With war and significant civil unrest in many countries, some refugees experience traumatic memories and flashbacks many years after leaving their home countries (Bogic, Njoku, & Priebe, 2015). Many interpreters are refugees from the same countries as the new patient. You will need to be alert to secondary traumatization of your interpreter. Debriefing in a post-session meeting should attend to this possibility, particularly if the interpreter exhibits non-verbal signs of distress during the interview. Sighing, breaks in the flow of translation, tearfulness, brief trance-like dissociative states during the interview suggest the possibility of interpreter distress and should be gently inquired about during the post-session. If a clinical referral is needed for the interpreter, obviously, this should be done.
Research on Foreign Language Interpretation
The research literature on interpretation is relatively sparse and most studies focus on medical settings. In comparing professionally trained versus untrained Spanish interpreters in a pediatric emergency department, both groups averaged close to 33 errors per encounter. However, when the proportion of errors of possible clinical significance was examined, trained interpreters exhibited fewer errors (12%) compared with their untrained counterparts (22%). Supporting the importance of formal education, interpreters with fewer than 100 hours of instruction exhibited a much greater number of errors (median = 33) than those with at least 100 hours of instruction (median =12; Flores et al., 2012). Thus, you will need to avoid making quick clinical judgments and ask the same question in varying ways so as to maximize the correct clinical data.
Detailed studies of the accuracy of mental health interpretation have not been reported. Qualitative and descriptive studies suggest that with interpreters, patients’ symptoms may be reported as more or less severe and the medical etiology of cognitive-behavioral-vegetative symptoms is more likely to be overlooked (Flores, 2005). In one of the few studies of interpreter-mediated psychotherapy compared with bilingual therapists, Schulz, Resick, Huber & Griffin (2006) examined the outcome of Cognitive Processing Therapy for patients with PTSD from Afghanistan and the former Yugoslavia. There was substantial benefit for all patients and no difference in global outcomes between interpreter-mediated and bilingual psychotherapy conditions.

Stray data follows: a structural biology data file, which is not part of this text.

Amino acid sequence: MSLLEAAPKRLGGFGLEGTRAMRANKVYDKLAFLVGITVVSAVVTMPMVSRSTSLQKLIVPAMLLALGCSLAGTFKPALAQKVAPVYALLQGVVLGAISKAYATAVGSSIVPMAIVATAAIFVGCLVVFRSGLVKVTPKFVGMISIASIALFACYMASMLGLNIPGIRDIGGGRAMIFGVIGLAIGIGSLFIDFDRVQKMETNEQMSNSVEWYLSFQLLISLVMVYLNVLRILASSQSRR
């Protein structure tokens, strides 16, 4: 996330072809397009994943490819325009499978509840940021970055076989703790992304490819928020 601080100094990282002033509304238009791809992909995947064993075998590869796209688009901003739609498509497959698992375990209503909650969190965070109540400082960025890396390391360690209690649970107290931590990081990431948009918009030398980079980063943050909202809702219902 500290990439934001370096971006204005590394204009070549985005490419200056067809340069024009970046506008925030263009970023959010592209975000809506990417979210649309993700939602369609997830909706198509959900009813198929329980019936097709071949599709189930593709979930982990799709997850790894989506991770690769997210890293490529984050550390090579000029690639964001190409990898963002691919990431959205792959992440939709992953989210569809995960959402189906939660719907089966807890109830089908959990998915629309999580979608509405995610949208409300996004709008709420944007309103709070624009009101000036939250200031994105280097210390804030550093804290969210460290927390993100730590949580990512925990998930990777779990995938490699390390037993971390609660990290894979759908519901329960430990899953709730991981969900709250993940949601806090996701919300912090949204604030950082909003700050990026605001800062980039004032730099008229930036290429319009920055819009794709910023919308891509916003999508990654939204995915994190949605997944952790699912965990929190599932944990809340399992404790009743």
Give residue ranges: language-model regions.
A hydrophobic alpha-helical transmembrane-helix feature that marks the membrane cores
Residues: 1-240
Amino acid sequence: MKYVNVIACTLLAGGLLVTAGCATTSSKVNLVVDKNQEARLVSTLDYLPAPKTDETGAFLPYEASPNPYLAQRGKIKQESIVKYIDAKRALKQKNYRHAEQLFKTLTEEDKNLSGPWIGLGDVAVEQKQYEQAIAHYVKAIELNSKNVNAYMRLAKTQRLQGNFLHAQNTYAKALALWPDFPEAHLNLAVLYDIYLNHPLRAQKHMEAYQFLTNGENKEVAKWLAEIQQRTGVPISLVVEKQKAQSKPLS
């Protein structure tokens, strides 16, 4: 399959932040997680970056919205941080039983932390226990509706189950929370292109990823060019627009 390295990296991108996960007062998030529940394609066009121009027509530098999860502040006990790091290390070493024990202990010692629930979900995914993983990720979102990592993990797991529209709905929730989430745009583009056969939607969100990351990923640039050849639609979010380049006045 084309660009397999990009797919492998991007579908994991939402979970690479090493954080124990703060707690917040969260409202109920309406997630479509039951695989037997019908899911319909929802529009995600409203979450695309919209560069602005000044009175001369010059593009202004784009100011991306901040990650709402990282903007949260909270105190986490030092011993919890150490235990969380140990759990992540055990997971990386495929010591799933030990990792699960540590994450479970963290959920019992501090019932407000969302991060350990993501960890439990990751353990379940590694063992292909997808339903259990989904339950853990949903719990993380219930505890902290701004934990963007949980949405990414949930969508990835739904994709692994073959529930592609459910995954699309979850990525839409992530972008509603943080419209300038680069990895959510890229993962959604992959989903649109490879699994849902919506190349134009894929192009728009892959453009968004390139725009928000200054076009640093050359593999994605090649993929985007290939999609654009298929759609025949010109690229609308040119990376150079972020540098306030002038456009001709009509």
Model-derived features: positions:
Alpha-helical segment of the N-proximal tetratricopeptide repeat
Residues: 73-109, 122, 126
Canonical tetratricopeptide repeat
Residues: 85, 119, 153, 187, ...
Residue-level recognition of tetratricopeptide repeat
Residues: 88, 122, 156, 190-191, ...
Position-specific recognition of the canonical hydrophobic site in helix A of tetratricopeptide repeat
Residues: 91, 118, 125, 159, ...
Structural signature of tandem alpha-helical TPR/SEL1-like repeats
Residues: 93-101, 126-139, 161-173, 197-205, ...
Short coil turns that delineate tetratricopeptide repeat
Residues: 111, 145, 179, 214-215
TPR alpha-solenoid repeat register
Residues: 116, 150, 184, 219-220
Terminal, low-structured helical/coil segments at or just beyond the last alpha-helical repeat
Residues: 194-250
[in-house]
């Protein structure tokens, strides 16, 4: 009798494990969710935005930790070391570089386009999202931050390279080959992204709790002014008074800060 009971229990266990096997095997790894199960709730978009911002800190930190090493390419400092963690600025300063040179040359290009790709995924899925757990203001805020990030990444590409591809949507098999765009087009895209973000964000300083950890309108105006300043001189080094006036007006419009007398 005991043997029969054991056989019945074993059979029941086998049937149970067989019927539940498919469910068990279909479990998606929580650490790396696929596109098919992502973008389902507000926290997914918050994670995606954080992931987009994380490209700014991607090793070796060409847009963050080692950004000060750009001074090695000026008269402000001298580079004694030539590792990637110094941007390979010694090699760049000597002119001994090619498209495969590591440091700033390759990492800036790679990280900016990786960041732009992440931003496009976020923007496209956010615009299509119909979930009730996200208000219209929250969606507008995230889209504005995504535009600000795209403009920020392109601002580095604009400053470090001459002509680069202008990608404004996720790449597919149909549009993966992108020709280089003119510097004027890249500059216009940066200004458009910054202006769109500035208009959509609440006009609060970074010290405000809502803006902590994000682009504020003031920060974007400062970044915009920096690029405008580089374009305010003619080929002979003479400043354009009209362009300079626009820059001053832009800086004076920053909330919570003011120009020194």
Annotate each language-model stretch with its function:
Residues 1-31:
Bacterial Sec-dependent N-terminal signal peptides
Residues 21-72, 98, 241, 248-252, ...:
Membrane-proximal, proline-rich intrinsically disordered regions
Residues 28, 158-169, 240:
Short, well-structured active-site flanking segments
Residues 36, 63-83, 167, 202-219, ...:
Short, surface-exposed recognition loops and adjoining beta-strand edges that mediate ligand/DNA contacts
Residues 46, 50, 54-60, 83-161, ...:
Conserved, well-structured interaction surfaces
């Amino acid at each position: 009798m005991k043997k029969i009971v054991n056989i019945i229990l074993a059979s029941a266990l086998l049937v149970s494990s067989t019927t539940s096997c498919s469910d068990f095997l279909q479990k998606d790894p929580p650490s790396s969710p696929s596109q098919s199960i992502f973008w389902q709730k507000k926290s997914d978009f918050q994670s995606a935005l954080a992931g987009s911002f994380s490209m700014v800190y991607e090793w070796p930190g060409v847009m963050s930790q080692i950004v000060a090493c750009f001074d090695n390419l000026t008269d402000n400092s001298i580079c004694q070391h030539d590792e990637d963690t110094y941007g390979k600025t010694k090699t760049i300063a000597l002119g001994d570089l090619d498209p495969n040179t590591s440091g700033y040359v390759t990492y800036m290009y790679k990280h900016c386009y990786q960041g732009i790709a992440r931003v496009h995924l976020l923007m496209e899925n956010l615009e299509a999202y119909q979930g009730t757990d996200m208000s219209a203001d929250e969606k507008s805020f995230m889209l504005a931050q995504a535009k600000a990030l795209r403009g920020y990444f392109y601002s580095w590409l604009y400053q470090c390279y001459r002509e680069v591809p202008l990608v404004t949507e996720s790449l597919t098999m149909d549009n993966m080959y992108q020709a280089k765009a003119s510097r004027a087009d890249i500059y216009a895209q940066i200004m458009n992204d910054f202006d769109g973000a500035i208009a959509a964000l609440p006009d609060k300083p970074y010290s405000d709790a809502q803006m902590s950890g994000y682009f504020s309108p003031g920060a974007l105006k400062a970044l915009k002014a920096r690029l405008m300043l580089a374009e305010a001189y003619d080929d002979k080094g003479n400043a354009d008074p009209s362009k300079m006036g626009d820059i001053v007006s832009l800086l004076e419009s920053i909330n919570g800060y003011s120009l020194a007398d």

Conducting assessment and psychotherapy through an interpreter challenges the psychologist’s interviewing and observational skills. While there are minimal comparative data comparing the duration of mental health encounters with and without interpreters, medical research suggests that interpreted sessions are up to 50% longer (Flores, 2005). While this article has focused upon the linguistic aspects of psychological practice, cultural factors add another layer of complexity.
Depending on their country of origin and time spent in the U.S., the patient, and possibly the interpreter, may not be familiar with psychology as a profession (Searight & Gafford, 2006) and expect the mental health encounter be comparable to a medical office visit. This expectation of a biomedical focus may also be related to cultural influences on symptoms. Conditions such as PTSD and Major Depressive Disorder are often experienced somatically by patients from some Asian and Western African countries (Ma-Kellams, 2014).
Stigma may also be an issue influencing both the patient and interpreter. In many non-Western countries, mental illness is equated with severe conditions such as active psychosis, acutely suicidal behavior, or frank mania (Searight & Gafford, 2006). The combination of a knowledgeable and interpersonally sensitive interpreter and a psychologist who is genuinely interested in improving their cross-cultural competency will greatly benefit the growing number of patients with LEP.
H. Russell Searight, PhD, MPH, is a licensed psychologist and Professor of Psychology at Lake Superior State University in Sault Sainte Marie, Michigan. Prior to his current position, he was Clinical Associate Professor of Community and Family Medicine at Saint Louis University School of Medicine as well as Director of Behavioral Medicine at an affiliated Family Medicine Residency in St. Louis, Missouri. His professional interests include psychological practice in the primary healthcare setting, ethical dilemmas in medicine and public health, and cross-cultural issues in end-of-life care.
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The Joint Commission (2015). Overcoming the challenges of providing care to LEP patients. https://www.jointcommission.org/issues/article.aspx?Article=07L7HYJFF9ixfyUPFpD2. Accessed on June 14, 2017
U.S. Census Bureau (2015). Census bureau reports at least 350 languages spoken in U.S. homes. http://www.census.gov/newsroom/press-releases/2015/cb-15-185.html. Accessed June 8, 2017